As you may recall from last time, we received a request from the lawyer’s office to prepare a resume for the birth mother. So how do you write a resume for a position that so many people are vying for? I was thinking we would need to distinguish ourselves somehow from the hundreds of folks who would want to adopt these precious twins, but I felt utterly at a loss as I sat down at our electric typewriter in our Roswell home that winter of 1988.
Should we stand out, but not too much? Should we blend in while standing out, or stand out while blending in? As the Wicked Witch told her henchmen, these things must be done delicately. Or so I thought. I was so nervous that I would inadvertently say the wrong thing that would kick us out of the competition, but now I see how silly that was. Back then, as now, I believed in the sovereignty of God, that He has a plan and we cannot mess it up (try as we might). However looking back 24 years later, I know I can say I believe that with bold type. Before, I believed it in theory…I wanted to believe it.
So after some prayer and reflection, I did what seemed the most sensible at time. I typed up a one page un-effusive description of us…one page because back in the day (I am over 30 so I can say that), we were told that a resume is a one page document, and un-effusive because I wanted to be real. We were not the most wonderful parents that the world had ever known, we were not rich with tons of stocks and money in the bank, and we were not the best and brightest couple, or the two people who loved each other more than others. We were two sinful, but redeemed people who loved God, loved each other, and enjoyed being parents, our friends at Perimeter Church, funny people, classic movies, and our work with students at Georgia Tech. Not the most shining resume you say. Agreed. I was determined not to write one of those disgusting brag letters that one gets at Christmas. You know the ones I am talking about.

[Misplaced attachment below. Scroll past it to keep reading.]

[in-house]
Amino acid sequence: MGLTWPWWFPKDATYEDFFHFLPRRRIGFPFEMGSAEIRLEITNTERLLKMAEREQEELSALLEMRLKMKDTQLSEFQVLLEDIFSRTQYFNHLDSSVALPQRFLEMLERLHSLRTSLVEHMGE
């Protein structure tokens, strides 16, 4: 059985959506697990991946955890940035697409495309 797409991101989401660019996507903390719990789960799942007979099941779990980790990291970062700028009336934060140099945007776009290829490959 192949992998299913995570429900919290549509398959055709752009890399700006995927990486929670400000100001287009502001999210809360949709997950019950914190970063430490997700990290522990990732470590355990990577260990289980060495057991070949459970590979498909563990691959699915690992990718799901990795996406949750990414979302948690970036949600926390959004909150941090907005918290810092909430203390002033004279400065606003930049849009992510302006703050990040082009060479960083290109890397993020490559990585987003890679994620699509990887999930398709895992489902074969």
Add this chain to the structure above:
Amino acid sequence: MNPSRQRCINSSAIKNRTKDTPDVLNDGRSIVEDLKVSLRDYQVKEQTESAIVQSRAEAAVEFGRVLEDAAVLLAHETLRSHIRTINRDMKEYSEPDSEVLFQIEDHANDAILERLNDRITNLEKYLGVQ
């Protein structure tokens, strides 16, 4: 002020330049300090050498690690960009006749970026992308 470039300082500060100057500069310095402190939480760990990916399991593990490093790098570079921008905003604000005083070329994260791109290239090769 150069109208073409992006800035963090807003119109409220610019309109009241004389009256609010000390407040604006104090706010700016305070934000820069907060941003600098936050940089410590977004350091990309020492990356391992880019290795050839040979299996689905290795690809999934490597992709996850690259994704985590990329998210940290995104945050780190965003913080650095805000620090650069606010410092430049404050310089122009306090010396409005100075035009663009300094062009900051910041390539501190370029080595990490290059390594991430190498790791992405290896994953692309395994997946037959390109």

Wes is enjoying his promotion but our big problem now is trying to book our fabulous Hawaii vacation, what with his job, my travel to exotic locations for my charity work, and our triplets’ Harvard graduations coming up soon. If you think of us, be a dear and lift us up would you? And oops, almost forgot…
Merry Christmas from the Fabulous Fantastic Family! If your coming year is even half as blessed as ours, why we’ll be tickled pink!
(By the way, if you can read the preceding text like Elaine May, that would be just perfect.)
No, I wanted to keep it short, simple and real, so I handed in what I thought was heartfelt, but what the lawyer described as unimpressive. The birth mother’s family and lawyer were getting nervous because the twins’ arrival was about 6 weeks away, and she still had not settled on a family.
Later we were told that the lawyer had read all the other couples’ resumes, (or books in some cases) and that they were quite impressive. The others had written pages and pages about how wonderful they were, and would continue to be. However the birth mother did not connect with any of them, and was left feeling dissatisfied by all these shining exemplars. What in the world are you looking for?” asked her lawyer. “I don’t know,” came the reply, “but I will know it when I hear it, and none of these are the one.”